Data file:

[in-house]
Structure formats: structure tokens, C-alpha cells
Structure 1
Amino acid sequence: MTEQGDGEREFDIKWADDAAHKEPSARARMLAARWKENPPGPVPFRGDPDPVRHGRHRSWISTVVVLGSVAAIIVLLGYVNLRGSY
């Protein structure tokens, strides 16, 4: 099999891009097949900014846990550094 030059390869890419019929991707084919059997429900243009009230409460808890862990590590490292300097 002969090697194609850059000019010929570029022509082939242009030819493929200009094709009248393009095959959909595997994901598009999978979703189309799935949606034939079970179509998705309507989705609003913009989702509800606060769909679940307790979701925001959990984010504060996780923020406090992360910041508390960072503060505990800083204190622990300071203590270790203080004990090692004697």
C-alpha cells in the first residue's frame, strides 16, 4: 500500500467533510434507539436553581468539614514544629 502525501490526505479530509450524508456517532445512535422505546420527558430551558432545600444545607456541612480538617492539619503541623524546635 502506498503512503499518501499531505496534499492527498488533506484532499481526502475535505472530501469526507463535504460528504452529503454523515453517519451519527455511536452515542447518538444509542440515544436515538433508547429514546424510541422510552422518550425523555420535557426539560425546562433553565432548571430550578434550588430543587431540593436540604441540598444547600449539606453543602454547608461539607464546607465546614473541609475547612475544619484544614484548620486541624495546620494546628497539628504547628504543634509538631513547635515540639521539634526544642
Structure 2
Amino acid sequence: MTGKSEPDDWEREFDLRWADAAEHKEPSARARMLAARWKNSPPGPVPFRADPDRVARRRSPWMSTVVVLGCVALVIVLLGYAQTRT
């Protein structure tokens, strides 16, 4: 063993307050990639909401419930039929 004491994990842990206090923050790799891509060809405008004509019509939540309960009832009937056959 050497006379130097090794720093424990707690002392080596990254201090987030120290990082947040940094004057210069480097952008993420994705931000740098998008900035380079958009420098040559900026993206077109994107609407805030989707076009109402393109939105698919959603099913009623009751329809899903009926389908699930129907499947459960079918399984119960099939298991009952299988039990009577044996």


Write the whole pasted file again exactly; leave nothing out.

[in-house]
Structure formats: structure tokens, C-alpha cells
Structure 1
Amino acid sequence: MTEQGDGEREFDIKWADDAAHKEPSARARMLAARWKENPPGPVPFRGDPDPVRHGRHRSWISTVVVLGSVAAIIVLLGYVNLRGSY
């Protein structure tokens, strides 16, 4: 099999891009097949900014846990550094 030059390869890419019929991707084919059997429900243009009230409460808890862990590590490292300097 002969090697194609850059000019010929570029022509082939242009030819493929200009094709009248393009095959959909595997994901598009999978979703189309799935949606034939079970179509998705309507989705609003913009989702509800606060769909679940307790979701925001959990984010504060996780923020406090992360910041508390960072503060505990800083204190622990300071203590270790203080004990090692004697």
C-alpha cells in the first residue's frame, strides 16, 4: 500500500467533510434507539436553581468539614514544629 502525501490526505479530509450524508456517532445512535422505546420527558430551558432545600444545607456541612480538617492539619503541623524546635 502506498503512503499518501499531505496534499492527498488533506484532499481526502475535505472530501469526507463535504460528504452529503454523515453517519451519527455511536452515542447518538444509542440515544436515538433508547429514546424510541422510552422518550425523555420535557426539560425546562433553565432548571430550578434550588430543587431540593436540604441540598444547600449539606453543602454547608461539607464546607465546614473541609475547612475544619484544614484548620486541624495546620494546628497539628504547628504543634509538631513547635515540639521539634526544642
Structure 2
Amino acid sequence: MTGKSEPDDWEREFDLRWADAAEHKEPSARARMLAARWKNSPPGPVPFRADPDRVARRRSPWMSTVVVLGCVALVIVLLGYAQTRT
């Protein structure tokens, strides 16, 4: 063993307050990639909401419930039929 004491994990842990206090923050790799891509060809405008004509019509939540309960009832009937056959 050497006379130097090794720093424990707690002392080596990254201090987030120290990082947040940094004057210069480097952008993420994705931000740098998008900035380079958009420098040559900026993206077109994107609407805030989707076009109402393109939105698919959603099913009623009751329809899903009926389908699930129907499947459960079918399984119960099939298991009952299988039990009577044996």